Communicator Web Access Helps Microsoft Unify Its Real-Time Collaboration Story
First, I wanted to mention how delighted I am to be a new member of the Collaboration Loop blogging community, joining many other respected industry experts as well as my Burton Group co-worker, Peter O’Kelly. My focus for many years has been in the areas of collaboration, knowledge management, learning and social computing.
I am at the Interop event this week and sat in on the keynote address by Gurdeep Singh Pall, corporate vice-president in the Real-Time Collaboration group at Microsoft. One of the key points made by Gurdeep in his presentation is that the vision for unified communications needs to expand beyond simply voice + data. We need to consider people, roles, relationships and the need for strong identity. I have to agree. Today, our communication and collaboration world is very fragmented. We are faced with constant disjoints as we move across devices and across work and life boundaries. Tools we use today simply do not handle the transitions and transformations between communication and collaboration modalities very well. It ends up being a frustrating experience for users as they manually triage a very fragmented environment. Meta data becomes strikingly important as users (and developers building communication-enabled applications) struggle to preserve context as people collaborate back-and-forth in real-time and asynchronously (perhaps using a virtual workspace technology). To make matters more challenging, these interactions increasingly span devices (mobile phones, PDAs, business laptops and home computers) as well as opportunistic connection points (e.g., P2P, public Wi-Fi spots) making identity and security of critical importance.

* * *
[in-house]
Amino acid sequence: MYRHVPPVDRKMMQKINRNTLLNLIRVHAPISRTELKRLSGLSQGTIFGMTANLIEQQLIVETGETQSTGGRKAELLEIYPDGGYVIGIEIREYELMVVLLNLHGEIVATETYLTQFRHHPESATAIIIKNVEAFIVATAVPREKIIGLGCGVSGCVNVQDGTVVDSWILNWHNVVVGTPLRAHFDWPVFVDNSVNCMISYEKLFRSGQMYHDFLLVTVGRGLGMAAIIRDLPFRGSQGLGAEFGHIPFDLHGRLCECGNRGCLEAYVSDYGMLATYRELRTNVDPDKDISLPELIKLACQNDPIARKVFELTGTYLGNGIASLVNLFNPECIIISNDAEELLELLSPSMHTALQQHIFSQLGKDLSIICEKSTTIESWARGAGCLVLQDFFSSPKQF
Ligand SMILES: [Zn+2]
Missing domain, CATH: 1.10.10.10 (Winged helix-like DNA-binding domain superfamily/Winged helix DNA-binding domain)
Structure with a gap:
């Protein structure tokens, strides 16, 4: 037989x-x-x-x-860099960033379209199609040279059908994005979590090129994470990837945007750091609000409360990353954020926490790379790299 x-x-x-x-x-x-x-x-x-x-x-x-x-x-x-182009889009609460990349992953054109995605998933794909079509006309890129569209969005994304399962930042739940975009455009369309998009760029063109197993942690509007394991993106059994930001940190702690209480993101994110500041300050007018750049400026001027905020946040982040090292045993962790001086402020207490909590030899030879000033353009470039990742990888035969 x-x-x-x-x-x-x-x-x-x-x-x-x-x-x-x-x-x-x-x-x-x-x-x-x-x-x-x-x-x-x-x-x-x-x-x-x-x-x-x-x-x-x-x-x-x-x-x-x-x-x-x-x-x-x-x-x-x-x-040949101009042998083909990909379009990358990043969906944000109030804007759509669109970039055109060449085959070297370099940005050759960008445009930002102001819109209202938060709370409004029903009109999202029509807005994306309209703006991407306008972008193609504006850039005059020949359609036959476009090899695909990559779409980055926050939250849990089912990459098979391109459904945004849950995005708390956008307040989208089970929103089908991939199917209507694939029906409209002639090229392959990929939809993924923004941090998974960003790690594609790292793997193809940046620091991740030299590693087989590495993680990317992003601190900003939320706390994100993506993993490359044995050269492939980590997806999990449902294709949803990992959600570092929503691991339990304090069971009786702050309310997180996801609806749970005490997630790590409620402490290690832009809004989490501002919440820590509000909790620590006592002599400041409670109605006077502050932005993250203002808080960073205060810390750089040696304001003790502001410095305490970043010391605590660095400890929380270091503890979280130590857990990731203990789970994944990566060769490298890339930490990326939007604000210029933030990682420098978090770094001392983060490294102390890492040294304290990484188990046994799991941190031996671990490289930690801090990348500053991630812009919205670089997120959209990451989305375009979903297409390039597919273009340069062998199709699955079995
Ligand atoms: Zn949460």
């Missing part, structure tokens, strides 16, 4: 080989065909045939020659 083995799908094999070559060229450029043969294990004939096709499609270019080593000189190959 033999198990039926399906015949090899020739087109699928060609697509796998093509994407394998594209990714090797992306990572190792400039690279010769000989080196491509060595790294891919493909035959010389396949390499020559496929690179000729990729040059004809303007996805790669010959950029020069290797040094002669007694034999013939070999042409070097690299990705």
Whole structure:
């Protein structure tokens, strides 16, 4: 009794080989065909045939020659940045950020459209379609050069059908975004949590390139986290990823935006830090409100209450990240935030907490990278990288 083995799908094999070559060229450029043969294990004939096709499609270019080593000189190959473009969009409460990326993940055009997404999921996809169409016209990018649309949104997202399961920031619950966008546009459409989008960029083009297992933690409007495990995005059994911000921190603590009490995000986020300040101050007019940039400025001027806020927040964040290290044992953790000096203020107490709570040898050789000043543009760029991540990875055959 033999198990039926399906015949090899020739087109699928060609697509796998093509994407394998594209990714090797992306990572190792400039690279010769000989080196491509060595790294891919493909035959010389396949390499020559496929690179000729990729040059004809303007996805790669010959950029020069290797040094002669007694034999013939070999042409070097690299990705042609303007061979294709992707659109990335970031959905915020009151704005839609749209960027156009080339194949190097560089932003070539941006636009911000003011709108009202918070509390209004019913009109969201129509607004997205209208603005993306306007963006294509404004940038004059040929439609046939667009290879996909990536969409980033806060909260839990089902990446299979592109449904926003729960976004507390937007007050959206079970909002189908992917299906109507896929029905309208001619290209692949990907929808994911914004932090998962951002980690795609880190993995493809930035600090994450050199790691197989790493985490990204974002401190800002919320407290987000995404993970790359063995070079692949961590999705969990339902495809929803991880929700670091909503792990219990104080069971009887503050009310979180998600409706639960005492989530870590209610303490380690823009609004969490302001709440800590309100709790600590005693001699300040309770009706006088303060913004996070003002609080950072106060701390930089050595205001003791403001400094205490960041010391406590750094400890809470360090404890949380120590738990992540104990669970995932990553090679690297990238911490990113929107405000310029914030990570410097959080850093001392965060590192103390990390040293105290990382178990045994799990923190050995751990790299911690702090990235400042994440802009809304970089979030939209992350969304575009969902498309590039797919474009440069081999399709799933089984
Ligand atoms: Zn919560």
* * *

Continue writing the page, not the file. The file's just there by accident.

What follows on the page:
As part of Gurdeep’s keynote presentation, he announced that Office Communicator Web Access is now available. That’s good news for users and IT groups deploying Microsoft’s Live Communicator Server. Communicator Web Access (CWA) is an Ajax-based technology enabling the UI to mimic what users experience in its desktop counterpart, Office Communicator 2005. Users simply point their browser to the correct URL and sign-in. This opens the door to more rapid and broader deployment of an LCS solution by IT groups. CWA also extends Microsoft’s real-time collaboration client footprint to support non-Microsoft browsers and non-Windows platforms. I met with Gurdeep afterwards and followed up with several questions. My paraphrased notes are below:
Q: How similar are the capabilities of Office Communicator and CWA? A: Except for audio and video, the features and functions between the two products are virtually the same. Users will notice few differences.
Q: What does the Ajax programming mode for CWA allow you to do? A: If you have a portal or other type of application, you can start embedding Communicator Web Access within the application itself. You can imagine small Ajax fragments that fit within the application context rather than just Communicator Web Access filling up an entire browser window. For instance, you should be able to create a Web Part container for Communicator Web Access.
Q: Will Microsoft deliver dedicated client versions of Office Communicator for other platforms or does CWA fulfill that need? A: Righ now, Communicator Web Access will be the solution for non-Microsoft browsers and non-Windows platforms but we remain open-minded to supporting other scenarios in the future.
Q: Does CWA support policy management? A: Communicator Web Access honors all LCS server policies.
Q: What about support for Communicator Presence Controls? A: There is no bridge right now. CWA will not work out-of-the-box with Communicator Presence Controls but developers can take advantage of the Ajax programming model.
Q: What about support for Role Agent and other LCS SDK/APIs? A: Communicator Web Access supports all the back-end functions of LCS.
With that, I thanked Gurdeep for his time and went back to the show.
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